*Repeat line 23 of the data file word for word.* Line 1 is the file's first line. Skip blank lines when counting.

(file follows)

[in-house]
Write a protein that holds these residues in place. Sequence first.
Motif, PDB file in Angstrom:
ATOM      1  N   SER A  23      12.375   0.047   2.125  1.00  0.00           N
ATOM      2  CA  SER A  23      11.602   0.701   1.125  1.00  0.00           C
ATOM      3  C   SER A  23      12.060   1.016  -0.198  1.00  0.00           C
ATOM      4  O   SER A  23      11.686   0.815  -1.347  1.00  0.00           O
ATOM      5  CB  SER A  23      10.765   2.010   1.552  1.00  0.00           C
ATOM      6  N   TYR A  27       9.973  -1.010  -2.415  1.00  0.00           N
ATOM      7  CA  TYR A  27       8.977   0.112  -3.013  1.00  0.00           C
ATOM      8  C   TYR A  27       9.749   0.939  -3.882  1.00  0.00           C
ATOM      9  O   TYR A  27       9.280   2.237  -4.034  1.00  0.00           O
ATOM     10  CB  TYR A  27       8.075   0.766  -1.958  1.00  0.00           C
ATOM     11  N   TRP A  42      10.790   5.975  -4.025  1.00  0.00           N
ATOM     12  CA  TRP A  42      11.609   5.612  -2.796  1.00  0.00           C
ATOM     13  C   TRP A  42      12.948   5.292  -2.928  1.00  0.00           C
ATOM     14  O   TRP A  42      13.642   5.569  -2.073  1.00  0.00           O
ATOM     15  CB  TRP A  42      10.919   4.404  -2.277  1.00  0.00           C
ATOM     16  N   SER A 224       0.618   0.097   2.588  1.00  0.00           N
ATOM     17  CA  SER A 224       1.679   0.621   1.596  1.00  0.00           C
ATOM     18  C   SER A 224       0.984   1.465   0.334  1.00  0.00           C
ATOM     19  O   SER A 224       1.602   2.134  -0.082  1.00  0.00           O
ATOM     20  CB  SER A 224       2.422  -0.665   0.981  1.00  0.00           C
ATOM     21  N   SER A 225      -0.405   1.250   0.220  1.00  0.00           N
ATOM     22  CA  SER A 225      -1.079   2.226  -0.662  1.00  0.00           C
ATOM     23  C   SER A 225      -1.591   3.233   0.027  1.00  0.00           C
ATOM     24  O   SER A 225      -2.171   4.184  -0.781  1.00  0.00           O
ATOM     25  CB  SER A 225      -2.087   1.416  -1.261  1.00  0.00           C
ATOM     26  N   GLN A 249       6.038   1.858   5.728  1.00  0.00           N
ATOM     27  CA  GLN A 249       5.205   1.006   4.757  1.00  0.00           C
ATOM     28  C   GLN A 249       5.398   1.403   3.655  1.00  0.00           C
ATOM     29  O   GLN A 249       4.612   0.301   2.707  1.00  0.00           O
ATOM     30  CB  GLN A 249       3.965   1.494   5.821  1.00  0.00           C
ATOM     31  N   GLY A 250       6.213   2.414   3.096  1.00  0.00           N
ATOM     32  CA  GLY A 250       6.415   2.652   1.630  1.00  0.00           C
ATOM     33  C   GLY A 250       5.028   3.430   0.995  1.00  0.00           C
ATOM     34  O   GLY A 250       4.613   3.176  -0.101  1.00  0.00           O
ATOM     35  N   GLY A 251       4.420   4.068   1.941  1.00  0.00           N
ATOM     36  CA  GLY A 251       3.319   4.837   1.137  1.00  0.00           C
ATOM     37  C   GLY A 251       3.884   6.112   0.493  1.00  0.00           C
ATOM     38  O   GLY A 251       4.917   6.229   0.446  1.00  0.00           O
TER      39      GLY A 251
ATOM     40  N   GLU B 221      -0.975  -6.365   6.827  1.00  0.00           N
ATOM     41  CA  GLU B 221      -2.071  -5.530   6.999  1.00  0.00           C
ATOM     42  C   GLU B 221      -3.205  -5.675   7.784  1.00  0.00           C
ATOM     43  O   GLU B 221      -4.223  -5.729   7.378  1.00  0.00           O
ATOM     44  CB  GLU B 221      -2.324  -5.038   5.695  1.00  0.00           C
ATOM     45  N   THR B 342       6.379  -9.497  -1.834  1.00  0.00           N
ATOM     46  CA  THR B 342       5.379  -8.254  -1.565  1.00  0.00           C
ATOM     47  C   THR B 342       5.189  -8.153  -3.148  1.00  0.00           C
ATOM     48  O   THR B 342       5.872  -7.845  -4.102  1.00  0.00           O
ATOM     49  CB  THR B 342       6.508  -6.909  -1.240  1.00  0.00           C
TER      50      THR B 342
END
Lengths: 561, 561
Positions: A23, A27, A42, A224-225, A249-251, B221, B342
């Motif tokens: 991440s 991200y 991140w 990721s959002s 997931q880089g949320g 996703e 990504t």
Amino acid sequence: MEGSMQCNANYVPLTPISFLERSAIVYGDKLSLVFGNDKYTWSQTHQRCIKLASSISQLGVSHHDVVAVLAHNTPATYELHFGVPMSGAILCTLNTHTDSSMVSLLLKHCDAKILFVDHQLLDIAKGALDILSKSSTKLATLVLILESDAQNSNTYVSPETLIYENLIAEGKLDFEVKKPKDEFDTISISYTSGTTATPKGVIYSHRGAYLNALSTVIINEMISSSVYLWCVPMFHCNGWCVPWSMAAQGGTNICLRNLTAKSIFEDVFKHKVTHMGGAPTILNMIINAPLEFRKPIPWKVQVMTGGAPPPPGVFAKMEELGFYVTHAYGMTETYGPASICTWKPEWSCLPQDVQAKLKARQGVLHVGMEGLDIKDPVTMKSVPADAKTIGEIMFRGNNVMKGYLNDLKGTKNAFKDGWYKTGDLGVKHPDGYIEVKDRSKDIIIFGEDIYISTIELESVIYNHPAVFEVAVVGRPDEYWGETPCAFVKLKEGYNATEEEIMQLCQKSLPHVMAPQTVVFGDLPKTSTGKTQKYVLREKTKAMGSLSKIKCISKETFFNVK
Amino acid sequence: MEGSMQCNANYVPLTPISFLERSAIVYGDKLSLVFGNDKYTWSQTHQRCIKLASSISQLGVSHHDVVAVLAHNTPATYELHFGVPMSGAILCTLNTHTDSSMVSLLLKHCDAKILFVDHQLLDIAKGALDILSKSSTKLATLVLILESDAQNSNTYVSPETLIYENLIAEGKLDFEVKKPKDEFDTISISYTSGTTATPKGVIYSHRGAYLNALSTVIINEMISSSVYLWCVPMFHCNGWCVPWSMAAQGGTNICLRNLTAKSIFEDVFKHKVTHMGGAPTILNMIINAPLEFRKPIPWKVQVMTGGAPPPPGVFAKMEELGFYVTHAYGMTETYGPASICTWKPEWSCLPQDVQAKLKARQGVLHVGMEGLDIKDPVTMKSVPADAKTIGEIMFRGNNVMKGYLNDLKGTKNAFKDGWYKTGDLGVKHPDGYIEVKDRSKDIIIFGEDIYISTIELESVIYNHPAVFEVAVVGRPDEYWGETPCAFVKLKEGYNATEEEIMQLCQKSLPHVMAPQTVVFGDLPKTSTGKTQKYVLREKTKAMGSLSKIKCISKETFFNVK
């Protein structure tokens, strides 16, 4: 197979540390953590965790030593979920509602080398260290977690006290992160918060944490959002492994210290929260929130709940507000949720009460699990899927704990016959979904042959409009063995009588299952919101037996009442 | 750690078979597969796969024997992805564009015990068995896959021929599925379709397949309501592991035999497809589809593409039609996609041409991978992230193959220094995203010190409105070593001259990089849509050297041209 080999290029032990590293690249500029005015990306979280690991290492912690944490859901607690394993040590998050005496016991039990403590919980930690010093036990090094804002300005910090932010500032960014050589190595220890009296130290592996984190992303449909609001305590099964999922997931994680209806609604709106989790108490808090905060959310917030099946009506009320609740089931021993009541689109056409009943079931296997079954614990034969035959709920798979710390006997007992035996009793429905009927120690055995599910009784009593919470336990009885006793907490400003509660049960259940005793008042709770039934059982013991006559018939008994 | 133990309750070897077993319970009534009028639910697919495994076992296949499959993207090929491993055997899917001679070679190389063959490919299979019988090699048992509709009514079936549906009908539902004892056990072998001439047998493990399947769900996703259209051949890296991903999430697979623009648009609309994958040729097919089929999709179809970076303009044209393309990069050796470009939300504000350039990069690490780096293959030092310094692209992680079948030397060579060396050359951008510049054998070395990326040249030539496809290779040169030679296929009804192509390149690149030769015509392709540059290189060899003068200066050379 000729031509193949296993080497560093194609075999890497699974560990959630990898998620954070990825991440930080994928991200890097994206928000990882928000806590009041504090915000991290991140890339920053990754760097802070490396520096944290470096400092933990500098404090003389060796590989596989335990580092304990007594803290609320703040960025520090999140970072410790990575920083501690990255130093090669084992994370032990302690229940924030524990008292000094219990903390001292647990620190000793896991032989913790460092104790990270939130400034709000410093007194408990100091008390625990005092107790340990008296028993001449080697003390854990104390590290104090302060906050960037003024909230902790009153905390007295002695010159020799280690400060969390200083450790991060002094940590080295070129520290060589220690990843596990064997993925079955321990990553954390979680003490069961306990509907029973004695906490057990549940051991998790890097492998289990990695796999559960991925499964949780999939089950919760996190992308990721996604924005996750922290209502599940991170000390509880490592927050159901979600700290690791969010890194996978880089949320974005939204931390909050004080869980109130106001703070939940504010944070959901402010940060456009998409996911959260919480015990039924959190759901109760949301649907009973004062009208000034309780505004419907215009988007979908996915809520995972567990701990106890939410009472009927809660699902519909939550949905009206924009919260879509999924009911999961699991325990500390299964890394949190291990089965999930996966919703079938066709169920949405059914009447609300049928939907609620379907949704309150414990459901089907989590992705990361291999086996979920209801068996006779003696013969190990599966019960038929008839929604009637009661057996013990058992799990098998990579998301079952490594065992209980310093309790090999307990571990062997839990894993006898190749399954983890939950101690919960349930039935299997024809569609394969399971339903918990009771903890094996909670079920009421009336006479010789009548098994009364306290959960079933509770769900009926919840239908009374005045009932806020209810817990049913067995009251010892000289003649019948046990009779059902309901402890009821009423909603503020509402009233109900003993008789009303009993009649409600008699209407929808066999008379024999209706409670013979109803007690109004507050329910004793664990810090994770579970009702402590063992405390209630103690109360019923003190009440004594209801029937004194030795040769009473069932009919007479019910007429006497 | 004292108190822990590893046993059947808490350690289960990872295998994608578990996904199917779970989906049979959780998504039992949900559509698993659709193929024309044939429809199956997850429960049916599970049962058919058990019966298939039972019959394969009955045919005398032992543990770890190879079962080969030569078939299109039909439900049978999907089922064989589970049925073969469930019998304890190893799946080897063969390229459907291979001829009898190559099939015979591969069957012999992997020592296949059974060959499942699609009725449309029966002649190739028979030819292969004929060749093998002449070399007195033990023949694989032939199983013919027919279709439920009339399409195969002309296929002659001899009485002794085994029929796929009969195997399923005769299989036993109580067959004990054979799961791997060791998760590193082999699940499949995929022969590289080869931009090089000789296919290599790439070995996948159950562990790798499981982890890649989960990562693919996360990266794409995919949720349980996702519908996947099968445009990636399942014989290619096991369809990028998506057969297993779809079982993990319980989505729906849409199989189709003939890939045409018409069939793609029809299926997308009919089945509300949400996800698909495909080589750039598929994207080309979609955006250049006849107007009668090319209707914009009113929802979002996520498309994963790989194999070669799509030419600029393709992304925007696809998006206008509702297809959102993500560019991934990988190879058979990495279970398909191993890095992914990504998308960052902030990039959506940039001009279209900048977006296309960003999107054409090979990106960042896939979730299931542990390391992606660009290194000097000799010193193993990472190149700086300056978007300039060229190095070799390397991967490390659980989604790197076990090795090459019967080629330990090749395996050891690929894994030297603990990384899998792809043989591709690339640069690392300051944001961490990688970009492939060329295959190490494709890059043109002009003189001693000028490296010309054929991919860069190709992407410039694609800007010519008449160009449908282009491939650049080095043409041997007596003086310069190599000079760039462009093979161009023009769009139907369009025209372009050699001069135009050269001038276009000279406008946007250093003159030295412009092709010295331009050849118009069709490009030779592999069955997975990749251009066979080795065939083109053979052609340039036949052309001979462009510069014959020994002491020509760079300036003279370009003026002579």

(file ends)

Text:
ATOM     20  CB  SER A 224       2.422  -0.665   0.981  1.00  0.00           C